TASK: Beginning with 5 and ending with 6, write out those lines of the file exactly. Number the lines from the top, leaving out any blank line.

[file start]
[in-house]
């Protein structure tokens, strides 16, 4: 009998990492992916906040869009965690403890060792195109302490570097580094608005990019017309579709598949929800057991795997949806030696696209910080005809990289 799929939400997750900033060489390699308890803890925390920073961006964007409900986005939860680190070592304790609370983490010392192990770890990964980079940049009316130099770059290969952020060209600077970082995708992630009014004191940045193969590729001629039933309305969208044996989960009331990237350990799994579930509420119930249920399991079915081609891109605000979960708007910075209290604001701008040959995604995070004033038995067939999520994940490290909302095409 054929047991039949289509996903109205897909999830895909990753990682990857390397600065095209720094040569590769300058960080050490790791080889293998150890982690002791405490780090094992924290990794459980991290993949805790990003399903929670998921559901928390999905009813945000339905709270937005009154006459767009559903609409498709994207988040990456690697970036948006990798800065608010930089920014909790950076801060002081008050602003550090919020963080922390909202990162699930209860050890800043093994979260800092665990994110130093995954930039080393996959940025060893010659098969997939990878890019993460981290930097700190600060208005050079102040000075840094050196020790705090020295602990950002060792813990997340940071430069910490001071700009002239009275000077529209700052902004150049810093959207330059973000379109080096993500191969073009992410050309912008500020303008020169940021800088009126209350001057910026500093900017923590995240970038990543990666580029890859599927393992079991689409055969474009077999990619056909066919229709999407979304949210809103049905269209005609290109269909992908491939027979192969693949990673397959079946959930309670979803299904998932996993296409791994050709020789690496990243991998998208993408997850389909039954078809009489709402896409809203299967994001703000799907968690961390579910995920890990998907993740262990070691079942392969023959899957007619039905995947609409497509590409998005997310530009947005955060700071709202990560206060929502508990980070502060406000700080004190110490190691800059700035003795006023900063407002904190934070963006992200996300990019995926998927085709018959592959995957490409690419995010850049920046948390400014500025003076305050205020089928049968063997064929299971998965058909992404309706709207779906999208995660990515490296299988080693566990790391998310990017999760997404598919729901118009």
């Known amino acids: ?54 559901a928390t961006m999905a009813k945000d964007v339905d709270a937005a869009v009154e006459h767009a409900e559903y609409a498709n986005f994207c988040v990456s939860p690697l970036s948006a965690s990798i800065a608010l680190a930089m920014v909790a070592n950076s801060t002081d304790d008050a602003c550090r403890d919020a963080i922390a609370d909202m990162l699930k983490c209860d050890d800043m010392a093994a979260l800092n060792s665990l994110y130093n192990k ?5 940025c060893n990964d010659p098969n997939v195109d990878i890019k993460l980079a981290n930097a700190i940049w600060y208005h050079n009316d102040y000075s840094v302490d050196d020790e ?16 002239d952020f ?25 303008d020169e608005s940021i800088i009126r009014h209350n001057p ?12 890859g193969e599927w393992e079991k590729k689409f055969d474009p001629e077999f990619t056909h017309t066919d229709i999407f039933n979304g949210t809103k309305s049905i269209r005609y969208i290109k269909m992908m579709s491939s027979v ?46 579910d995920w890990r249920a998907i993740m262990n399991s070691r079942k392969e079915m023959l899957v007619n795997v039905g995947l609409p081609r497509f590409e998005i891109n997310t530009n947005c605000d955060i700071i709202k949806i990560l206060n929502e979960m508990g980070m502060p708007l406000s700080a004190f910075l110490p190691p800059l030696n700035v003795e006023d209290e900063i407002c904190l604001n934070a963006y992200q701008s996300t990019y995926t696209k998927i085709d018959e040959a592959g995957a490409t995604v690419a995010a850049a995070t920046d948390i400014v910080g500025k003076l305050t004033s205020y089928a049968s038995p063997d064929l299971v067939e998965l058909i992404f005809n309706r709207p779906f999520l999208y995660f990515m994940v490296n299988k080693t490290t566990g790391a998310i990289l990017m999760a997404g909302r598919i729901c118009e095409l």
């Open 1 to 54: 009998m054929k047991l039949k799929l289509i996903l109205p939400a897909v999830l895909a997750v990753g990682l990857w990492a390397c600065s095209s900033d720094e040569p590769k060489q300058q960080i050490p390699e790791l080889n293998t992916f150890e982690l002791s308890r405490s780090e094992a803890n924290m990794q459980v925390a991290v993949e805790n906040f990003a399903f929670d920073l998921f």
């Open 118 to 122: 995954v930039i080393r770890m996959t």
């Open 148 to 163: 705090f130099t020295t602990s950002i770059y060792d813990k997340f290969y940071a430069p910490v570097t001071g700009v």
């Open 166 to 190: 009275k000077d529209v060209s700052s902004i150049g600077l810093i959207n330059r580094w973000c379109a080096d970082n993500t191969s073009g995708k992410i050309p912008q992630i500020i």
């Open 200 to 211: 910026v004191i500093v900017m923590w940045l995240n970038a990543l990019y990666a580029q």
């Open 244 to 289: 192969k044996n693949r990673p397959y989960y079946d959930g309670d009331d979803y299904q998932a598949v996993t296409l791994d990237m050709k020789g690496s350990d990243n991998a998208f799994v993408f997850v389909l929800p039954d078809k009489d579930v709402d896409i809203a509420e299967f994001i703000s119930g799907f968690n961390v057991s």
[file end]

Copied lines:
């Open 118 to 122: 995954v930039i080393r770890m996959t």
């Open 148 to 163: 705090f130099t020295t602990s950002i770059y060792d813990k997340f290969y940071a430069p910490v570097t001071g700009v």